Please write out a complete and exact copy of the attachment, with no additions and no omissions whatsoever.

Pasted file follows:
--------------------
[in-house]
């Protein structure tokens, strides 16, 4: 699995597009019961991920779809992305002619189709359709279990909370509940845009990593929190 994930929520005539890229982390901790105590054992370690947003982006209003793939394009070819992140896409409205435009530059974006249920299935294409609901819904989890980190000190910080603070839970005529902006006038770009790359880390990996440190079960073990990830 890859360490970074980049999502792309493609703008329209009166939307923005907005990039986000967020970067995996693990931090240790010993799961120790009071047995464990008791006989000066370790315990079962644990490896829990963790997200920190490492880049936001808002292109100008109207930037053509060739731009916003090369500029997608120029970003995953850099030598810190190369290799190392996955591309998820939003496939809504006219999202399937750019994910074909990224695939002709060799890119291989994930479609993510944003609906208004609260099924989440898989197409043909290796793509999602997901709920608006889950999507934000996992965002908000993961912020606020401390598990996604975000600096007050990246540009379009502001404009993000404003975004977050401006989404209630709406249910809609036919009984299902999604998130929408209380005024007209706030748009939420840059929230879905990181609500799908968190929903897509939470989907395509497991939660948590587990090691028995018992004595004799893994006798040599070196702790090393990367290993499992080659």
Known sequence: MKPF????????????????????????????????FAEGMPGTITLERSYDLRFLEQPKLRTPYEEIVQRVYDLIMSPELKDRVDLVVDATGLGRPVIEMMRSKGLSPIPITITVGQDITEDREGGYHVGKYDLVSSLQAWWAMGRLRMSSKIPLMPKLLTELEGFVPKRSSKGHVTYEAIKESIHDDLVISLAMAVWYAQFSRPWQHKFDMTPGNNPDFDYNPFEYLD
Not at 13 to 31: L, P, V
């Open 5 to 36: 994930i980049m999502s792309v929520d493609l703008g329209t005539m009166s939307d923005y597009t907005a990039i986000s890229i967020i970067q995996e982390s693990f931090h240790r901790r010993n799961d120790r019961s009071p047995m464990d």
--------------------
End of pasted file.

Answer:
[in-house]
């Protein structure tokens, strides 16, 4: 699995597009019961991920779809992305002619189709359709279990909370509940845009990593929190 994930929520005539890229982390901790105590054992370690947003982006209003793939394009070819992140896409409205435009530059974006249920299935294409609901819904989890980190000190910080603070839970005529902006006038770009790359880390990996440190079960073990990830 890859360490970074980049999502792309493609703008329209009166939307923005907005990039986000967020970067995996693990931090240790010993799961120790009071047995464990008791006989000066370790315990079962644990490896829990963790997200920190490492880049936001808002292109100008109207930037053509060739731009916003090369500029997608120029970003995953850099030598810190190369290799190392996955591309998820939003496939809504006219999202399937750019994910074909990224695939002709060799890119291989994930479609993510944003609906208004609260099924989440898989197409043909290796793509999602997901709920608006889950999507934000996992965002908000993961912020606020401390598990996604975000600096007050990246540009379009502001404009993000404003975004977050401006989404209630709406249910809609036919009984299902999604998130929408209380005024007209706030748009939420840059929230879905990181609500799908968190929903897509939470989907395509497991939660948590587990090691028995018992004595004799893994006798040599070196702790090393990367290993499992080659």
Known sequence: MKPF????????????????????????????????FAEGMPGTITLERSYDLRFLEQPKLRTPYEEIVQRVYDLIMSPELKDRVDLVVDATGLGRPVIEMMRSKGLSPIPITITVGQDITEDREGGYHVGKYDLVSSLQAWWAMGRLRMSSKIPLMPKLLTELEGFVPKRSSKGHVTYEAIKESIHDDLVISLAMAVWYAQFSRPWQHKFDMTPGNNPDFDYNPFEYLD
Not at 13 to 31: L, P, V
């Open 5 to 36: 994930i980049m999502s792309v929520d493609l703008g329209t005539m009166s939307d923005y597009t907005a990039i986000s890229i967020i970067q995996e982390s693990f931090h240790r901790r010993n799961d120790r019961s009071p047995m464990d």